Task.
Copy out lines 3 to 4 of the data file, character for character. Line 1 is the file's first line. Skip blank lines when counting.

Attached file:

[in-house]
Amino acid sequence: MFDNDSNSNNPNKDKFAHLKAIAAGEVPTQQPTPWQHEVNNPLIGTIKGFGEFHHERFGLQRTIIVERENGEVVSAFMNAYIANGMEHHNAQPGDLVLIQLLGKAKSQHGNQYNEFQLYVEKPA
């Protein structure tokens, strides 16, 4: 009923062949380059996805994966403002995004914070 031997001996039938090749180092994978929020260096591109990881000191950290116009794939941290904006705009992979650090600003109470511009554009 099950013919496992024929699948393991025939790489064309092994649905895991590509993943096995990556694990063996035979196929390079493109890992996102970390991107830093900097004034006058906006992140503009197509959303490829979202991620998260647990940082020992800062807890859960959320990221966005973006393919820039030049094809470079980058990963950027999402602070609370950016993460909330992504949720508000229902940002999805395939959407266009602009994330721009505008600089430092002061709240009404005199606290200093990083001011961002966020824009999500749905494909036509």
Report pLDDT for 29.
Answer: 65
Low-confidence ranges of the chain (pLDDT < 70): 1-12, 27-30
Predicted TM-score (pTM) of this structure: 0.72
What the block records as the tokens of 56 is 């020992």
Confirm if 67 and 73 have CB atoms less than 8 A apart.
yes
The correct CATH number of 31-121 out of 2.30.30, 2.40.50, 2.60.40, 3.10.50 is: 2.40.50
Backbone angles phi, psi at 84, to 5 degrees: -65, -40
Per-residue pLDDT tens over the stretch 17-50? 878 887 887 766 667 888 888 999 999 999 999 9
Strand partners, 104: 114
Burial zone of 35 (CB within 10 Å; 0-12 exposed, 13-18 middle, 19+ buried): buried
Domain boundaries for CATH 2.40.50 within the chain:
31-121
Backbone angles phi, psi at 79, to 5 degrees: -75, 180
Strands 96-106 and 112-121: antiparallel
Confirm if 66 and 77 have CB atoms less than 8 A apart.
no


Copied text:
């Protein structure tokens, strides 16, 4: 009923062949380059996805994966403002995004914070 031997001996039938090749180092994978929020260096591109990881000191950290116009794939941290904006705009992979650090600003109470511009554009 099950013919496992024929699948393991025939790489064309092994649905895991590509993943096995990556694990063996035979196929390079493109890992996102970390991107830093900097004034006058906006992140503009197509959303490829979202991620998260647990940082020992800062807890859960959320990221966005973006393919820039030049094809470079980058990963950027999402602070609370950016993460909330992504949720508000229902940002999805395939959407266009602009994330721009505008600089430092002061709240009404005199606290200093990083001011961002966020824009999500749905494909036509």
Report pLDDT for 29.